How Sleep well and deeply with the help of these 8 tips

Wishing each other a good night’s sleep is something people have been doing for a long time. There is a good chance that you will also hear this from your partner or children in adulthood. Most of us love to sleep, of course, but not everyone is equally capable of falling asleep quickly.

One is tossing and turning all night without closing an eye, while the other is already snoring when his or her head hits the pillow. What exactly causes some people to sleep faster and more deeply remains a mystery to many. This is partly genetically determined, but fortunately, there are several factors about sleep that can be influenced.

In this article, we are going to look at sleep and discuss what it is. We also describe which problems can occur when it comes to getting a good night’s sleep. In addition, we give you various “sleep well” tips. Let’s get started!

The importance of sleeping well: what happens during our sleep?

You would think that when you sleep, your brain is completely at rest. However, this is not entirely true. A lot happens inside your head while you sleep. Your body is resting from the outside, but your brain is busy processing the day during your so-called “sleep well” moment.

And that’s a good thing! After all, it is important that all impressions and stimuli – which you have experienced during the day – are processed during your sleep.

That way you start the next day fresh and fruity. So the sleep process can be seen as a “reset” of the mind. But how does this work? The sleep process is quite complicated but can be explained quite simply based on four sleep phases. We would like to explain which sleep phases these are below.

Sleep well thanks to the four sleep phases

An adult person needs about 7 to 8 hours of sleep per day. During your sleep, you complete multiple sleep cycles of approximately 90 minutes of 3 or 4 sleep phases each.

Sleep stage 1 is when you fall asleep. If you usually sleep through the night, you only go through this phase once a night. However, do you wake up in between to go to the toilet, for example? Then you will experience this phase several times. Your heart rate and breathing slow down and your muscles relax. Then sleep phase 2 occurs.

Sleep stage 2 is when you are in a light sleep. Your body temperature drops and your muscles are now fully relaxed. In addition, your eyes stop moving. Your brain has a lower activity, but now and then gives a spike with nerve signals. You are in this phase most of the time during your sleep. After sleep phase 2 you enter sleep phase 3.

Sleep stage 3 is deep sleep. At the beginning of the night, you will spend more time in this phase, but as the morning comes, these intervals shorten. You need this third sleep phase to wake up rested. Are you awakened during this phase? Then you will probably feel very tired, confused, and irritated. Finally, you make the transition to sleep phase 4 during the night.

Sleep stage 4 is REM sleep. When you are asleep for about 90 minutes, REM sleep begins. In this, your brain becomes very active and your eyes begin to move quickly back and forth. Your heart rate also increases and your breathing becomes faster. This stage is where most dreams occur (including lucid dreaming ) and you are also more likely to remember your dreams from this stage. In this phase, your muscles are temporarily “blocked” to prevent you from carrying out dreams into reality. In this phase, your brain is busy processing all the information from the previous day. The first sleep cycle is thus complete.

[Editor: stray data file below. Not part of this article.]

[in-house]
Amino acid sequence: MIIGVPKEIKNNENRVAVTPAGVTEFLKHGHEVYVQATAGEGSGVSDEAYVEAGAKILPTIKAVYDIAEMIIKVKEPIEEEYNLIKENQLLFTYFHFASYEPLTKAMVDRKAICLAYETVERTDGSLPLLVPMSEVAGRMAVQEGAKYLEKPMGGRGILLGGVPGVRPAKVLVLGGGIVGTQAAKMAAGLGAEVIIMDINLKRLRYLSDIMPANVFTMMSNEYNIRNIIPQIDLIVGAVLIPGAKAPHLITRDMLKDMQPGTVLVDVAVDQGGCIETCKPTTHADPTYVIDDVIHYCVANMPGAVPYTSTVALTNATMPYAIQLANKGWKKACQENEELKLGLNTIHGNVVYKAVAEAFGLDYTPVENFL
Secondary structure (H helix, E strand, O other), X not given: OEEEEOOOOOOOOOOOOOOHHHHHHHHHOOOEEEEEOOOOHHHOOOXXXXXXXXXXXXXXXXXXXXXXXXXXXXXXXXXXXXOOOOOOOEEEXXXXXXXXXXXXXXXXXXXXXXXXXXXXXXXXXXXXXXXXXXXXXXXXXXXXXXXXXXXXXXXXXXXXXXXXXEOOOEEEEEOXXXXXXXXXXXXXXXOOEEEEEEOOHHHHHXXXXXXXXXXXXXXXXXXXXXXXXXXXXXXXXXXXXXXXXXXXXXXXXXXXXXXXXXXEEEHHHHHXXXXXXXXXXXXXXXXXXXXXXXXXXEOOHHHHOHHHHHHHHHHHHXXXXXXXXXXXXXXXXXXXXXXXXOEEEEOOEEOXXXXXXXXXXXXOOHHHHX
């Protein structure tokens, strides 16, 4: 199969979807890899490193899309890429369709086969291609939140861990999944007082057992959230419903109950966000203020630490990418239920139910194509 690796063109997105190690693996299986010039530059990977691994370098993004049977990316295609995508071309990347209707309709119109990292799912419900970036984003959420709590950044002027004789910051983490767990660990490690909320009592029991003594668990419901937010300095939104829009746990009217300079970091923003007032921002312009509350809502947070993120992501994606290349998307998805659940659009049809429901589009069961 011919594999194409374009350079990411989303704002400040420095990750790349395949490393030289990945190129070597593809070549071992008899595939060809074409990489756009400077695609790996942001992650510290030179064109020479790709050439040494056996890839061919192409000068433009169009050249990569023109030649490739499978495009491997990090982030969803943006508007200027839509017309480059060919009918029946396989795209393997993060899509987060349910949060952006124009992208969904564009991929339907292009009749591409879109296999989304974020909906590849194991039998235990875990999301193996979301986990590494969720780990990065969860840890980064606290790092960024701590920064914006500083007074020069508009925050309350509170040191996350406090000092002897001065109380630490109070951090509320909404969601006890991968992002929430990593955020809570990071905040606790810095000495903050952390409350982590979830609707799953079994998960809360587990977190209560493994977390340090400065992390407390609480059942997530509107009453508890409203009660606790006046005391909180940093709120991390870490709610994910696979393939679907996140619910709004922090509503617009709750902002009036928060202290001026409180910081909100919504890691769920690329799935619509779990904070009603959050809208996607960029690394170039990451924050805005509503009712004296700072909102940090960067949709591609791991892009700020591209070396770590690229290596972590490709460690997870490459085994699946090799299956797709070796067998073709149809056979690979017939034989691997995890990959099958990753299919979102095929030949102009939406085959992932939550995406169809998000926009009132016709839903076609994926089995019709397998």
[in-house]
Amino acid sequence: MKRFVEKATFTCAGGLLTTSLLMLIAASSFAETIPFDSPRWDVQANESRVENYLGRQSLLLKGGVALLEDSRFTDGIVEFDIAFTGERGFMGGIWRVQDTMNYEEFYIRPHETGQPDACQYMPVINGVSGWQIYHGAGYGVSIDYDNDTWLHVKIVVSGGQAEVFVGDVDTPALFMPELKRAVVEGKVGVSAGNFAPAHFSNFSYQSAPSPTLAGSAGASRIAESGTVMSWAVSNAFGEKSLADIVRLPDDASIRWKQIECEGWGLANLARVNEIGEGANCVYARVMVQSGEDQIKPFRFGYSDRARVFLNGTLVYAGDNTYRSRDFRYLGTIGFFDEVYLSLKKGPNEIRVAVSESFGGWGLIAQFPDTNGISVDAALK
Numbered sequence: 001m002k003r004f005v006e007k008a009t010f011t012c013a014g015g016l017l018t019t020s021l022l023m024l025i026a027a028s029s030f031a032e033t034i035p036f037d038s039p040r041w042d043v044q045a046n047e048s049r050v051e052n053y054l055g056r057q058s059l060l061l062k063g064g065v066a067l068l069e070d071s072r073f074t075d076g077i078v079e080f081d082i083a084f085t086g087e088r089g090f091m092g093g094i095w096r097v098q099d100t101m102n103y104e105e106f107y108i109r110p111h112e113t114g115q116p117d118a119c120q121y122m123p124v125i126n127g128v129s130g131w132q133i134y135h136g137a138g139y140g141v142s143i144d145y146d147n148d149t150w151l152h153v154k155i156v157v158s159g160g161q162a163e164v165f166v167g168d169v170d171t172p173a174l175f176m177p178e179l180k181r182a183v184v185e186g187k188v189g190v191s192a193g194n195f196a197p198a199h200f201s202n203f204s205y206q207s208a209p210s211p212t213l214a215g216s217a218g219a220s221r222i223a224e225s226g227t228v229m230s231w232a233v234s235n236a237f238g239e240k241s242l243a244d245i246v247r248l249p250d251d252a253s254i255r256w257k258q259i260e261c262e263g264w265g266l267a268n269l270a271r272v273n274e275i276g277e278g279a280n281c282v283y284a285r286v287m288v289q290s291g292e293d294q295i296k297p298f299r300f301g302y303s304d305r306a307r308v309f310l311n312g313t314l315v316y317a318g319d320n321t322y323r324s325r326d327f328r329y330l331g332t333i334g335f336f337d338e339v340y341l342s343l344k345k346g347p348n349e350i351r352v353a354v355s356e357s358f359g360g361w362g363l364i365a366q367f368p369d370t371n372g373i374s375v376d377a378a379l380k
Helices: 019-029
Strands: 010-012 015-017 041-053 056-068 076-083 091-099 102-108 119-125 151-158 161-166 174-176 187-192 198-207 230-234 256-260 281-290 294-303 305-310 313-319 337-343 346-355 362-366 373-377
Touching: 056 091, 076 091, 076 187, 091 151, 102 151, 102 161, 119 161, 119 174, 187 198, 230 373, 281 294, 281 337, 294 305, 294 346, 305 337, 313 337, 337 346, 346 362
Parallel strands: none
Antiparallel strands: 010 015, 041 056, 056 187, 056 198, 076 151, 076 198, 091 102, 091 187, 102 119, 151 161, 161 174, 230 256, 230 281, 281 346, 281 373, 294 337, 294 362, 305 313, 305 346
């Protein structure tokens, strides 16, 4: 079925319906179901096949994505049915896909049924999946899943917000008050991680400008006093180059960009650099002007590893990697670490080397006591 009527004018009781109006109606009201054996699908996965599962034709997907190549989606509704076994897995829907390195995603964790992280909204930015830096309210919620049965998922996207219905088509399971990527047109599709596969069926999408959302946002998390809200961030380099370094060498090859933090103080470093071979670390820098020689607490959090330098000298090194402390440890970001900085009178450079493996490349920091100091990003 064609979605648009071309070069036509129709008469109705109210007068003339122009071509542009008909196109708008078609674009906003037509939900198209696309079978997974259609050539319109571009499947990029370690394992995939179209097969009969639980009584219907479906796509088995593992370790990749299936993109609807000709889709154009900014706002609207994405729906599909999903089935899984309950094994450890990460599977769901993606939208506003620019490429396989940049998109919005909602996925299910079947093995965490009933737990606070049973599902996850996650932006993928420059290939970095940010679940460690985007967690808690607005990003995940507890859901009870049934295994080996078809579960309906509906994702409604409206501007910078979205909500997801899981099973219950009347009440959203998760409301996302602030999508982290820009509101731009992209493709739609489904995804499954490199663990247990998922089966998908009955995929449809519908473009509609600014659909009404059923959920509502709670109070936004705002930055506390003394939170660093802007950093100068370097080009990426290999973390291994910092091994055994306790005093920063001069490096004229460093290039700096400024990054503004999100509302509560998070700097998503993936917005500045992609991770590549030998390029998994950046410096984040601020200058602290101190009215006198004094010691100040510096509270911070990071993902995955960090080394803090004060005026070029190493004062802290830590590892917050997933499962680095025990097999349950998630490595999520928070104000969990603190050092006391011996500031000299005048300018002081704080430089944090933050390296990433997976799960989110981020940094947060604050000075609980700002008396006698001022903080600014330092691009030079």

Common Causes of Sleep Problems

There are several reasons why a good night’s sleep is difficult to achieve. Sometimes it’s nerves and stress, but other times you can’t seem to think of a reason why sleep won’t come.

This is of course very frustrating. Fortunately, some causes can often be linked to the lack of a good night’s sleep. By taking this into account, you increase the chance of getting a good night’s sleep. Below you will find several causes that can cause you to sleep worse.

Unhealthy food

We need food to survive, but it can sometimes get in the way of our sleep. Caffeine, for example, blocks the receptors that indicate you are tired, preventing your body from producing melatonin (known as the “sleep hormone”).

Also, fatty or spicy food can cause heartburn, which keeps you awake when you are in bed. Therefore, try not to drink coffee or black tea at least 6 hours before going to bed, and make sure that your last meal is finished at least 4 hours before bedtime. For example, nutrition against poor sleep is something you can make work in your favor.

Much stress

Stress from work or personal life can cause your heart rate to be too high to properly rest when you want to go to sleep. In addition, it can occupy your brains to such an extent that they also come to restless. Therefore, try to do a calm activity before going to bed so that you can relax.

Depression

If you suffer from depression, it can negatively affect your sleep rhythm. People who suffer from depression can sometimes find it more difficult to enter the deep sleep phase of their nighttime rhythm so that they never feel completely rested.

Also, drugs such as antidepressants can affect the sleep rhythm. In other words, depression hinders a good night’s sleep and should ideally be relieved or remedied as soon as possible. Consider doing this in collaboration with a medical specialist.

Electronics

The light from your phone, television, tablet, or computer confuses your internal clock. This prevents your body from producing melatonin right before bedtime, which will help you feel less tired. In addition, the additional stress of, for example, the news, a sudden message, or a less pleasant photo can also contribute to a less good night’s sleep.

Nutrient deficiency

Some vitamins and minerals help promote a good night’s sleep. If you have a shortage of that, it may be that you fall asleep worse. To counteract this, you can use “sleep well” supplements to improve your sleep.

Bad medical condition